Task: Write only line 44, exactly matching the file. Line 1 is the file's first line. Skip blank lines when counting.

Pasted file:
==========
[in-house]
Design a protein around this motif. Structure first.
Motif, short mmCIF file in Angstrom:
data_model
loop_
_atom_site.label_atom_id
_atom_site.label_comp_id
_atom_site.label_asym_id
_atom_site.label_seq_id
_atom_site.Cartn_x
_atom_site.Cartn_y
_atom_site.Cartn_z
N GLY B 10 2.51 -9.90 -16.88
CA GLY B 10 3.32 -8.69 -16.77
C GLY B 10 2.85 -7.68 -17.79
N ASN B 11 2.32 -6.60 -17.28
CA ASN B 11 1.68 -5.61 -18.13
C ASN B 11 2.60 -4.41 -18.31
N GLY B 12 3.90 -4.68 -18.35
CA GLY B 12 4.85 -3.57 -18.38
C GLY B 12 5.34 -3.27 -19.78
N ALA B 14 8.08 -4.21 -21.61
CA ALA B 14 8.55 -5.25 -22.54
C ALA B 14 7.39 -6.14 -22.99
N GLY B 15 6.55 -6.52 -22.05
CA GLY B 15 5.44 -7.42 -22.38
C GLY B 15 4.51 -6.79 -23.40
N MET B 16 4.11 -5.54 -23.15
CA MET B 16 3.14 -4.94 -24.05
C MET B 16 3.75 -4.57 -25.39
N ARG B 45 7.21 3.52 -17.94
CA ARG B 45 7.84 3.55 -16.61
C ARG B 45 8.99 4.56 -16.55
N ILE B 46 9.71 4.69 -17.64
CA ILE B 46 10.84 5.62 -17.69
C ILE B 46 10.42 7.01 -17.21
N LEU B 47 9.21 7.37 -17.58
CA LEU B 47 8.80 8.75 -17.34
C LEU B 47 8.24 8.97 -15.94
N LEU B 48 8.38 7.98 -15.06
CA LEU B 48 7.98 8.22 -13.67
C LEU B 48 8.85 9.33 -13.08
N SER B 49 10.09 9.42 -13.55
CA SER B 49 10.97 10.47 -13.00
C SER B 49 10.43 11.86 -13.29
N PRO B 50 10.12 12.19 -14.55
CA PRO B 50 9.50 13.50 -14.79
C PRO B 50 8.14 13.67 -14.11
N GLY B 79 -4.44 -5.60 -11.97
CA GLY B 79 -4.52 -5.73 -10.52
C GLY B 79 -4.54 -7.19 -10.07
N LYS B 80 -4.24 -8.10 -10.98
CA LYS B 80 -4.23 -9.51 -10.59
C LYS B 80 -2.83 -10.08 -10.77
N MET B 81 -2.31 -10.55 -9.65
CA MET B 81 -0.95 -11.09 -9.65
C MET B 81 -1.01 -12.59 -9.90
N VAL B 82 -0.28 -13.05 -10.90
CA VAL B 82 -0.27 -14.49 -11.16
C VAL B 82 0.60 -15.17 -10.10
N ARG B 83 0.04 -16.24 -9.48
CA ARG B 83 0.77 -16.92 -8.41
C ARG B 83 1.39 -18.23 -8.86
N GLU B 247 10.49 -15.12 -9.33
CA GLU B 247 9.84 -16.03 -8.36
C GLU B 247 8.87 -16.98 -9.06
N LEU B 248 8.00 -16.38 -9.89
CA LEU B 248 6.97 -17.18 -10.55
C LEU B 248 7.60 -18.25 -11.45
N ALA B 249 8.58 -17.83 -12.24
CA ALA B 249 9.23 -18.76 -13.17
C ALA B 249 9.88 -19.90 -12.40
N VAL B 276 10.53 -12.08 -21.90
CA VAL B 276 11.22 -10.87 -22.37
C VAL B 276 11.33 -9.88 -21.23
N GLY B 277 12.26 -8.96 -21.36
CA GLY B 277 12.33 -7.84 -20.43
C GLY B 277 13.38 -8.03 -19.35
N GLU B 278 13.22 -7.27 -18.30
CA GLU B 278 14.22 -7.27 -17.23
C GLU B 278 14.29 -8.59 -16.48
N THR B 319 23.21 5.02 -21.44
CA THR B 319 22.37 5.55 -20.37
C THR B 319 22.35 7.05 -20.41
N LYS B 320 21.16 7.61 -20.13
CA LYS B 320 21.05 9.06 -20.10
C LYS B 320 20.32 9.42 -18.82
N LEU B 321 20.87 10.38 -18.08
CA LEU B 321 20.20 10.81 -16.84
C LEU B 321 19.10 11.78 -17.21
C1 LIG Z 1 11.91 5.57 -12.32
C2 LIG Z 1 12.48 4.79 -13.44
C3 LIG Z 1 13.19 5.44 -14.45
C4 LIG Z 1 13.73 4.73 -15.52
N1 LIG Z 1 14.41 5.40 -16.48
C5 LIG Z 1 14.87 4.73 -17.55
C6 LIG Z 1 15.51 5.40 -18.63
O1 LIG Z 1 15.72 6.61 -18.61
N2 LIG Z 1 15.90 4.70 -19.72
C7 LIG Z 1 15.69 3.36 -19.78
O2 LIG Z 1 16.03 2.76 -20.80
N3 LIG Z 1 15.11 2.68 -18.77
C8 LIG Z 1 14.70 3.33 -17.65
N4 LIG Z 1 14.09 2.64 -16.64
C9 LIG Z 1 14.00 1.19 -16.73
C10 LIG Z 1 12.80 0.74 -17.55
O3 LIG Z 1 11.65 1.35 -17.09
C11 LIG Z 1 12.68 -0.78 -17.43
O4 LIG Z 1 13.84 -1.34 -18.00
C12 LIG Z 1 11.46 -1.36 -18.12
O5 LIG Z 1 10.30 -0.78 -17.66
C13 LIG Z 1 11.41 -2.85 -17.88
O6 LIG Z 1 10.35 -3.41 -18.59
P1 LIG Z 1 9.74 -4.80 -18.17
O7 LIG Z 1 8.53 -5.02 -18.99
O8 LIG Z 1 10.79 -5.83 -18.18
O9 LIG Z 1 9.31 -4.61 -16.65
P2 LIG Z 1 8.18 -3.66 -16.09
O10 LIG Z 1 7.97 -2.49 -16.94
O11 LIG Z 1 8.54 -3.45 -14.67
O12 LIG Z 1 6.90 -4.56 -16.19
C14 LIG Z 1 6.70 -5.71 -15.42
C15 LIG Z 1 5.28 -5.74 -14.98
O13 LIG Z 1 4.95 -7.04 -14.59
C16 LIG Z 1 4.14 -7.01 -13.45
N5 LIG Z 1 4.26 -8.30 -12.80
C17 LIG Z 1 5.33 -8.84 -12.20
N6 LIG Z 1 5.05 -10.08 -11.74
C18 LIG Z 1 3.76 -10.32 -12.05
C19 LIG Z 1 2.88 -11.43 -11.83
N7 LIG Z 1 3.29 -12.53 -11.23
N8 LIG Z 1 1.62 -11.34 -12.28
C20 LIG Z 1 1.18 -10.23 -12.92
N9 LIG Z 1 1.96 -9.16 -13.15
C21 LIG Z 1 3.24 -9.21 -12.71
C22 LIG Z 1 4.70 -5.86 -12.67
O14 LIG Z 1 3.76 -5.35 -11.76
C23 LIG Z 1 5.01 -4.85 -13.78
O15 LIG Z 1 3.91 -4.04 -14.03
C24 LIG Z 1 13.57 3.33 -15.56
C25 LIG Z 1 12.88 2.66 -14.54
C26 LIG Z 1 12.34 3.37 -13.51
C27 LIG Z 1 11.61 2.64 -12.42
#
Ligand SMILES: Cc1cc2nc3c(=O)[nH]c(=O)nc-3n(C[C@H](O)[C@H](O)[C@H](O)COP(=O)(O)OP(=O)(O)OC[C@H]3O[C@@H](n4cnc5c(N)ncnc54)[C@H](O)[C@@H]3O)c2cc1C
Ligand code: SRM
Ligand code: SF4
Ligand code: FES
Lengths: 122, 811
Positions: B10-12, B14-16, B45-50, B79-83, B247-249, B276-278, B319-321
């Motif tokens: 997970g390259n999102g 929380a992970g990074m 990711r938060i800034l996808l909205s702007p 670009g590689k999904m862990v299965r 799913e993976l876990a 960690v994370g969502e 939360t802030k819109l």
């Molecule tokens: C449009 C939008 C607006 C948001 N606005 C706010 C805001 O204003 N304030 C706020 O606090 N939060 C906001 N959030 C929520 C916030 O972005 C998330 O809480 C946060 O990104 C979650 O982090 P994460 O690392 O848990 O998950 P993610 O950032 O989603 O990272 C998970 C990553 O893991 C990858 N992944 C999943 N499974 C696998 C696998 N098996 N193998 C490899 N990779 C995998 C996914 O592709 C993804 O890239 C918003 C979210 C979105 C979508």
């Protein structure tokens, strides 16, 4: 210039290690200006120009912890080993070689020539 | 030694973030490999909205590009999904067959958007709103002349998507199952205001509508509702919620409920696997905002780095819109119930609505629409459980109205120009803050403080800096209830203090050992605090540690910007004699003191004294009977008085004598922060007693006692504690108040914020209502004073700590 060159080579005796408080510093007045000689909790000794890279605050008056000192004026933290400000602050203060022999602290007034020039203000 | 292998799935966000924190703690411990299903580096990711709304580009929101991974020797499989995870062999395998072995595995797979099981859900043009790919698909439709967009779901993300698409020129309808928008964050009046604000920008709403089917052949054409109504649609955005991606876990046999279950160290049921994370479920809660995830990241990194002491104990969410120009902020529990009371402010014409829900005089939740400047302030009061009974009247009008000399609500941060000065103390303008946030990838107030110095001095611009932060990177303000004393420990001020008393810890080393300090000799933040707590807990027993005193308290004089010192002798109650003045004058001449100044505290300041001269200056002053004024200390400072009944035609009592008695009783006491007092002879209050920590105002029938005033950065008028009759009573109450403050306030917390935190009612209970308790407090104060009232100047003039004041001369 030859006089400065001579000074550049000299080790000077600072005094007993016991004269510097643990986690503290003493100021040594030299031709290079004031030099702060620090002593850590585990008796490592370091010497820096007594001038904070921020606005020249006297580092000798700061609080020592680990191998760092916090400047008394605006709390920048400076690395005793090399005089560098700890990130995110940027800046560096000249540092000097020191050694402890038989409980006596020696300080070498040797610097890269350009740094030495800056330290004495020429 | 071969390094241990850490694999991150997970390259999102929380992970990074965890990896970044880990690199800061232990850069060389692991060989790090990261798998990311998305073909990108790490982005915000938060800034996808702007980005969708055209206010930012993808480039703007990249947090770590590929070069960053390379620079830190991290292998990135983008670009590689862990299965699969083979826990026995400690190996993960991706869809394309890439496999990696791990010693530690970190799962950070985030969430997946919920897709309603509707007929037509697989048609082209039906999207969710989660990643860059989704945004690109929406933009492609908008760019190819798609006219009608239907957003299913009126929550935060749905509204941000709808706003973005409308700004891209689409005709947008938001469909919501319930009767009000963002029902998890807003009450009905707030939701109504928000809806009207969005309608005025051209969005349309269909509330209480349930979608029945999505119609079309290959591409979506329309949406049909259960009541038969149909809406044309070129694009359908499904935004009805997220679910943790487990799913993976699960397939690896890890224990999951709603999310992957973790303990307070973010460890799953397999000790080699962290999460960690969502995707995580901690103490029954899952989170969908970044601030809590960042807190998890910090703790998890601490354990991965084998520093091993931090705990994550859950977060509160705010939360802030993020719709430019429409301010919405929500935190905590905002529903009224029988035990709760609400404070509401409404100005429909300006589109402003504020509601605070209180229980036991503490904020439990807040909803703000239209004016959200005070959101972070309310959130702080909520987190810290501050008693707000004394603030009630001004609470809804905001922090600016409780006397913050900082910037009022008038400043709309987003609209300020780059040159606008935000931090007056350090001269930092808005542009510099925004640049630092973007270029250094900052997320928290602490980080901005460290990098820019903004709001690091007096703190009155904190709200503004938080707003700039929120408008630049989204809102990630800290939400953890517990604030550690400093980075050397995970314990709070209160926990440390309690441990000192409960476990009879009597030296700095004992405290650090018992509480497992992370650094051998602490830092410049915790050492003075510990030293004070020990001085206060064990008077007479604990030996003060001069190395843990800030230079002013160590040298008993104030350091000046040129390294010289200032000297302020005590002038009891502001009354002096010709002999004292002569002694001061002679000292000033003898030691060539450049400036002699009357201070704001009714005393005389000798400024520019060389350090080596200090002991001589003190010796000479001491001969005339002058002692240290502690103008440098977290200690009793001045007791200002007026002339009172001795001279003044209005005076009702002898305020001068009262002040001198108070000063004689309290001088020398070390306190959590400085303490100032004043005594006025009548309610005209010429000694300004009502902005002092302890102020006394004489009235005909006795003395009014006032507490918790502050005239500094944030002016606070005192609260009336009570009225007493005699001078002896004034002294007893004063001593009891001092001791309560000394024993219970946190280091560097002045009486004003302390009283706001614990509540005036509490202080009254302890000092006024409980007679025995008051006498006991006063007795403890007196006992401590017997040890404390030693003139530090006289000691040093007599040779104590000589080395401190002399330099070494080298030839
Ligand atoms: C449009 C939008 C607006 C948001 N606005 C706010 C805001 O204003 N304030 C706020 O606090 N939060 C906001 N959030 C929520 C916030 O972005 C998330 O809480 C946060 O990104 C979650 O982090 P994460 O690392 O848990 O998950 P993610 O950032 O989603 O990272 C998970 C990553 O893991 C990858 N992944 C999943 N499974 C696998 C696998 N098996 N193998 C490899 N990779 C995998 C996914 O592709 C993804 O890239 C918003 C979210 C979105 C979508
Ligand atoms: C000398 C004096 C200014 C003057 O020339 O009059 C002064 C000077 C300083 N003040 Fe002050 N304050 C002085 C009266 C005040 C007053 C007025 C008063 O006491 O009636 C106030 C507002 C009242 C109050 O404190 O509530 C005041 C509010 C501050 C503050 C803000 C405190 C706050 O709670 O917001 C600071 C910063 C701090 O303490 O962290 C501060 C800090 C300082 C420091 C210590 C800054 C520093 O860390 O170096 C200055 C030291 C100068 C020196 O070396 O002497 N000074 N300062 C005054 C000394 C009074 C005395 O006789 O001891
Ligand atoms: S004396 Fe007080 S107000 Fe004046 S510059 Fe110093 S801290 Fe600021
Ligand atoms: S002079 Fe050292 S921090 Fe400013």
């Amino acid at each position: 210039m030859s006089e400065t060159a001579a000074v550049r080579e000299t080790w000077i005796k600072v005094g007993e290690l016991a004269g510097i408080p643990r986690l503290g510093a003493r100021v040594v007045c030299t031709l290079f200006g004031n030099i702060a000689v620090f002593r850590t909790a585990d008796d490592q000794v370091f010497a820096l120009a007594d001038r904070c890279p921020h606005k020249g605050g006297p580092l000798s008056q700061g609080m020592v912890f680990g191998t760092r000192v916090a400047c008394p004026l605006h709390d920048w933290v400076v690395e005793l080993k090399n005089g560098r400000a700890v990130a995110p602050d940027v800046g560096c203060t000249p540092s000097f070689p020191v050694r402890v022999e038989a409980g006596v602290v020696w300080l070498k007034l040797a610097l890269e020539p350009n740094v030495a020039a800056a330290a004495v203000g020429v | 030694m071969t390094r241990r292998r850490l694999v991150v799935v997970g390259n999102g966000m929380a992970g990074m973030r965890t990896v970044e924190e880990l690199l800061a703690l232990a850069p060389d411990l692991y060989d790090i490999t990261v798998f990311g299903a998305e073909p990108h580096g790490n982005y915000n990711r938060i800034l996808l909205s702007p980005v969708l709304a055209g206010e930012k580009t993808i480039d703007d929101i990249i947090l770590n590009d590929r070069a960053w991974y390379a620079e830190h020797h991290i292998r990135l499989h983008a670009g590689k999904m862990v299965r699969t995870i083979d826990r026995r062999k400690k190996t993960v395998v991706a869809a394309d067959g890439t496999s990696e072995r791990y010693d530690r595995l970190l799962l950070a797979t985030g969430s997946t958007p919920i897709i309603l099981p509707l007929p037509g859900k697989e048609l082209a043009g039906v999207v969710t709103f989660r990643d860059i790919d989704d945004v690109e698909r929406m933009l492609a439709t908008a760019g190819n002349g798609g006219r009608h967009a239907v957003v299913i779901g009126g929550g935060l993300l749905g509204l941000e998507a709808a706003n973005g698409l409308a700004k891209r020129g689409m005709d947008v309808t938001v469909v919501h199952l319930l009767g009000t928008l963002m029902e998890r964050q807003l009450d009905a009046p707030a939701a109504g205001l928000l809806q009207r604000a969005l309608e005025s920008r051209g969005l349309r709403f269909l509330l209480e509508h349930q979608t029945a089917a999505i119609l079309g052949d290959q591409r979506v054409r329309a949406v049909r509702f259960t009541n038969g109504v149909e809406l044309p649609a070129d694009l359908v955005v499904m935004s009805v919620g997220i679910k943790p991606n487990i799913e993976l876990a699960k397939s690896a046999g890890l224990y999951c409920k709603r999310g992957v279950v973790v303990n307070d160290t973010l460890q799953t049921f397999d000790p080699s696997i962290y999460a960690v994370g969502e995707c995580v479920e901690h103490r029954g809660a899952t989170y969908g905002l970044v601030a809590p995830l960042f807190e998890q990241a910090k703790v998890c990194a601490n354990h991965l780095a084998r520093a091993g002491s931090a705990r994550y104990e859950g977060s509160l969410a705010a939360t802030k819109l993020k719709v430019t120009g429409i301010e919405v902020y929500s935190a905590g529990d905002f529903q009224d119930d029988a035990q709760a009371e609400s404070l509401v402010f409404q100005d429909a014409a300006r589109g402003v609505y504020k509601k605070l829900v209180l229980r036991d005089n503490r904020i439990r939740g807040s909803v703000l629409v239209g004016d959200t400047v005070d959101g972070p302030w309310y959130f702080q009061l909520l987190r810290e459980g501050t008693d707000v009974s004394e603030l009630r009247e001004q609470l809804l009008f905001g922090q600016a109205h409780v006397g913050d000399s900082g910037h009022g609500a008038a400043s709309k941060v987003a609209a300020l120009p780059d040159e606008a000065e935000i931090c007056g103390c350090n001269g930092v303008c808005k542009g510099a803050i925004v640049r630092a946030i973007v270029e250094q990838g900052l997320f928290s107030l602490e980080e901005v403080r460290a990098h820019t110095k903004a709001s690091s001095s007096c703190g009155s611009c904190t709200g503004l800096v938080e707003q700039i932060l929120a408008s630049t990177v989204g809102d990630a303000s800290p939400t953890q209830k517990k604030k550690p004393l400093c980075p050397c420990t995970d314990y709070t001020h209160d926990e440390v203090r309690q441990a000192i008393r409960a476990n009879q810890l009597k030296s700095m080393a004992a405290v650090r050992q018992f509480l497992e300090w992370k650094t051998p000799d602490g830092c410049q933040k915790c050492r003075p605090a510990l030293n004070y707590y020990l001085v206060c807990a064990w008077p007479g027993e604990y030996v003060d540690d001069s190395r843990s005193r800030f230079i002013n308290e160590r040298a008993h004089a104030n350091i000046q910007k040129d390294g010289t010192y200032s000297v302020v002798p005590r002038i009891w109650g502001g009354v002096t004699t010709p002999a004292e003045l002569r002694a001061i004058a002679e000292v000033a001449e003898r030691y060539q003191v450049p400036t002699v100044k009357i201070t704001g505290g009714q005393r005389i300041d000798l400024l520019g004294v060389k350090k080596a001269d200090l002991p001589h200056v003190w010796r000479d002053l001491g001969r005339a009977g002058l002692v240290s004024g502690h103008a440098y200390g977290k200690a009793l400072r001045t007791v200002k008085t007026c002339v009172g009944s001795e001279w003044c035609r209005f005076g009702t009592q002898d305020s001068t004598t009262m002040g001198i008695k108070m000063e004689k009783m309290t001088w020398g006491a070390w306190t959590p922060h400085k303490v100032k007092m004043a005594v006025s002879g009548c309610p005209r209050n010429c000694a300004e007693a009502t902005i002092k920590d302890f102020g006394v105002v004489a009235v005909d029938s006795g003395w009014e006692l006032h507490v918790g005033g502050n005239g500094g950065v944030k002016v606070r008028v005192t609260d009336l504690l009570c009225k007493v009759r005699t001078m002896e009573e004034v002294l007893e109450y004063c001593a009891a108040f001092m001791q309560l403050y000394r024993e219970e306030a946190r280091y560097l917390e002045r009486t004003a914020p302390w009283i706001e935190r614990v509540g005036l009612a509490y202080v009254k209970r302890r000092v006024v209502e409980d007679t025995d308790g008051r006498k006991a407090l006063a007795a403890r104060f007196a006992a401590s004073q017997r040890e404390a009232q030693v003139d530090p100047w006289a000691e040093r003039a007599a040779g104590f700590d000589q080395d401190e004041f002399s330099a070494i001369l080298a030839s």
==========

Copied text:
CA SER B 49 10.97 10.47 -13.00